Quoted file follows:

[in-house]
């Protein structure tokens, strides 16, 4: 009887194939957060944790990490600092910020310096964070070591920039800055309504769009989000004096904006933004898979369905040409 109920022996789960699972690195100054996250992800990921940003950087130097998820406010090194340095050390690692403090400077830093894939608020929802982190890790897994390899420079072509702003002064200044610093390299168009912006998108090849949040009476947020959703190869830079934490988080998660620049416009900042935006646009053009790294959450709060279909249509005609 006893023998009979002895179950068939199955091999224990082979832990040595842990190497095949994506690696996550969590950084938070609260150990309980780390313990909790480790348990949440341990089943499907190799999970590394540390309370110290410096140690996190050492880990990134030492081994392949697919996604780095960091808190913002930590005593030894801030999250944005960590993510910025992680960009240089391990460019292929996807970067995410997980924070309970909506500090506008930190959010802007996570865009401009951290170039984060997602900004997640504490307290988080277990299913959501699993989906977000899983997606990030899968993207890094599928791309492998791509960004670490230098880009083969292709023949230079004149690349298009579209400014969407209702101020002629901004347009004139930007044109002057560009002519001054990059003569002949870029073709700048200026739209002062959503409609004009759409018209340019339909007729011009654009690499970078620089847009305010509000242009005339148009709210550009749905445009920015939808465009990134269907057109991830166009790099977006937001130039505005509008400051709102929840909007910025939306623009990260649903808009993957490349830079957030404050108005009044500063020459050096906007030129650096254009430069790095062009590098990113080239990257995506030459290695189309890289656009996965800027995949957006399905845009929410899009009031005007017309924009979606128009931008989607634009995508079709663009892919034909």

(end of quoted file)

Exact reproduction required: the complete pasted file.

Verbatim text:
[in-house]
């Protein structure tokens, strides 16, 4: 009887194939957060944790990490600092910020310096964070070591920039800055309504769009989000004096904006933004898979369905040409 109920022996789960699972690195100054996250992800990921940003950087130097998820406010090194340095050390690692403090400077830093894939608020929802982190890790897994390899420079072509702003002064200044610093390299168009912006998108090849949040009476947020959703190869830079934490988080998660620049416009900042935006646009053009790294959450709060279909249509005609 006893023998009979002895179950068939199955091999224990082979832990040595842990190497095949994506690696996550969590950084938070609260150990309980780390313990909790480790348990949440341990089943499907190799999970590394540390309370110290410096140690996190050492880990990134030492081994392949697919996604780095960091808190913002930590005593030894801030999250944005960590993510910025992680960009240089391990460019292929996807970067995410997980924070309970909506500090506008930190959010802007996570865009401009951290170039984060997602900004997640504490307290988080277990299913959501699993989906977000899983997606990030899968993207890094599928791309492998791509960004670490230098880009083969292709023949230079004149690349298009579209400014969407209702101020002629901004347009004139930007044109002057560009002519001054990059003569002949870029073709700048200026739209002062959503409609004009759409018209340019339909007729011009654009690499970078620089847009305010509000242009005339148009709210550009749905445009920015939808465009990134269907057109991830166009790099977006937001130039505005509008400051709102929840909007910025939306623009990260649903808009993957490349830079957030404050108005009044500063020459050096906007030129650096254009430069790095062009590098990113080239990257995506030459290695189309890289656009996965800027995949957006399905845009929410899009009031005007017309924009979606128009931008989607634009995508079709663009892919034909």